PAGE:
"Sukh" means ease and comfort. According to the yoga sutras of Patanjali, "asana", or posture, is defined by "sthira sukham asanam".
So any posture that you can maintain in a stable manner for a long time is the source of peace and joy — this is the foundation of meditation. Of the four meditative postures, Sukhasana is the last and easiest.
Yogis have always believed in creating practices that enable everyone to achieve their goals. For those who find it difficult to sit in Siddhasana, Padmasana and Vajrasana because of the state of their body, Sukhasana is the answer.
This posture is for everyone because, unlike other meditative postures, you do not need to wait for years for your body to get ready for meditation.
Sukhasana may take a little time to get you into the meditative state. But if you do it regularly, you will slip into deep states of relaxation and the joy you will experience will motivate you to prepare your body for Padmasana.
Ideally, yoga practice requires you to be happy at every step.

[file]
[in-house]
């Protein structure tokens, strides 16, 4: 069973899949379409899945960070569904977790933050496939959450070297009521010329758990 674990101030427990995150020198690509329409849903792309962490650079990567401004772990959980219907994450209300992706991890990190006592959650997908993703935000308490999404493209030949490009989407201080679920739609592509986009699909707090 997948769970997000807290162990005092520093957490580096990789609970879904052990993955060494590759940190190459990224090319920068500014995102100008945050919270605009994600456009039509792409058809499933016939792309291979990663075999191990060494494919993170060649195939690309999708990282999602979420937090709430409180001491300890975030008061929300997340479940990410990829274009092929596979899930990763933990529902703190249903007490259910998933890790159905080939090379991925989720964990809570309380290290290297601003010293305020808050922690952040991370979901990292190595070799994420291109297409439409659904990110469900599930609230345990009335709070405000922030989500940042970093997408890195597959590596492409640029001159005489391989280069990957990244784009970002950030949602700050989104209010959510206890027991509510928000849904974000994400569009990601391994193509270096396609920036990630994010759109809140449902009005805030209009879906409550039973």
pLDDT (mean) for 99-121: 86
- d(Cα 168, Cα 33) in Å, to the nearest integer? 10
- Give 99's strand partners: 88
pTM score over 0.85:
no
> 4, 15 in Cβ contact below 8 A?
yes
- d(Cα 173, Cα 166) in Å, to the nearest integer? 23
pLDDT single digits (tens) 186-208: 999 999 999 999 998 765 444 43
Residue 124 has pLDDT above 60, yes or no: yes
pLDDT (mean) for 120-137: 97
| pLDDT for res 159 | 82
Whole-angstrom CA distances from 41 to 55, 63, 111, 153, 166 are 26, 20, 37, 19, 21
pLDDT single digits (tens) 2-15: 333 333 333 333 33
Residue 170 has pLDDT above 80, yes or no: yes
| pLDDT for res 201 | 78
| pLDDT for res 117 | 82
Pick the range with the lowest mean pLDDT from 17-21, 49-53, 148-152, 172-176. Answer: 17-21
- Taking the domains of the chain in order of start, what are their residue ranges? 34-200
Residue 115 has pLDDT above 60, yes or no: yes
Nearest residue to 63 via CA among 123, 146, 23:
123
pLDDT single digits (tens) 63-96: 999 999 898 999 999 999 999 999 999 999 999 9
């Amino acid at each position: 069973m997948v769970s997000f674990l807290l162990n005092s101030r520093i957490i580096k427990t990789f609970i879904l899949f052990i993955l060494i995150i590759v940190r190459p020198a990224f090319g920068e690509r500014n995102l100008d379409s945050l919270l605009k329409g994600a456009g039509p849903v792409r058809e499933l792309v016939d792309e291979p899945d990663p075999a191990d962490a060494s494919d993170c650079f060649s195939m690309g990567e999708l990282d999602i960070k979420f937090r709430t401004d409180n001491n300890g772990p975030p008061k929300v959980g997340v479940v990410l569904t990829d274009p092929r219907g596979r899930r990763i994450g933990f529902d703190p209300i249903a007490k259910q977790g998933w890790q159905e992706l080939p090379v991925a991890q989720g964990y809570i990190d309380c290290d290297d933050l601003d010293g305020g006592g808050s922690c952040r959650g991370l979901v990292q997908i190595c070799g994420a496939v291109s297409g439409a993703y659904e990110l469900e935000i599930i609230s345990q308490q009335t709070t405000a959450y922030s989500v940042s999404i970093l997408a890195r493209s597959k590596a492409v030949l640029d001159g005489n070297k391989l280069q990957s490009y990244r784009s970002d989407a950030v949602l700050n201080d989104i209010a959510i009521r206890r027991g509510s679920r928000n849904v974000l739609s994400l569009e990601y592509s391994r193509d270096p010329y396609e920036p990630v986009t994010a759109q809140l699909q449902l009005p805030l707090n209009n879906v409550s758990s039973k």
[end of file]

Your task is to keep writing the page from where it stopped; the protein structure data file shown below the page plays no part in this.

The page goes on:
- Sit straight with legs outstretched, keeping feet together.
- Cross shins and slip each foot beneath the opposite knee while folding legs towards your body.
- Keep back straight. Place hands on knees or keep fingers in a meditative posture (as shown).
- Breathe normally.
Though Sukhasana may look like a simple cross-legged pose, sitting regularly in the posture with the attitude of being in silence will help you de-stress. This "every man's technique" can become a powerful tool of transformation in today's fast-paced life, which gives people very little time to work on their health and fitness.
Sitting in Sukhasana will help you develop the art of unwinding and witnessing your thoughts. Over a period of time, this will make you immune to anxiety and stress.
Yoga is not just a cure for diseases but also a means to experience various stages of happiness and Sukhasana is the first.
Though Sukhasana is for everyone, beginners can practise by keeping their back to the wall as this helps straighten the back.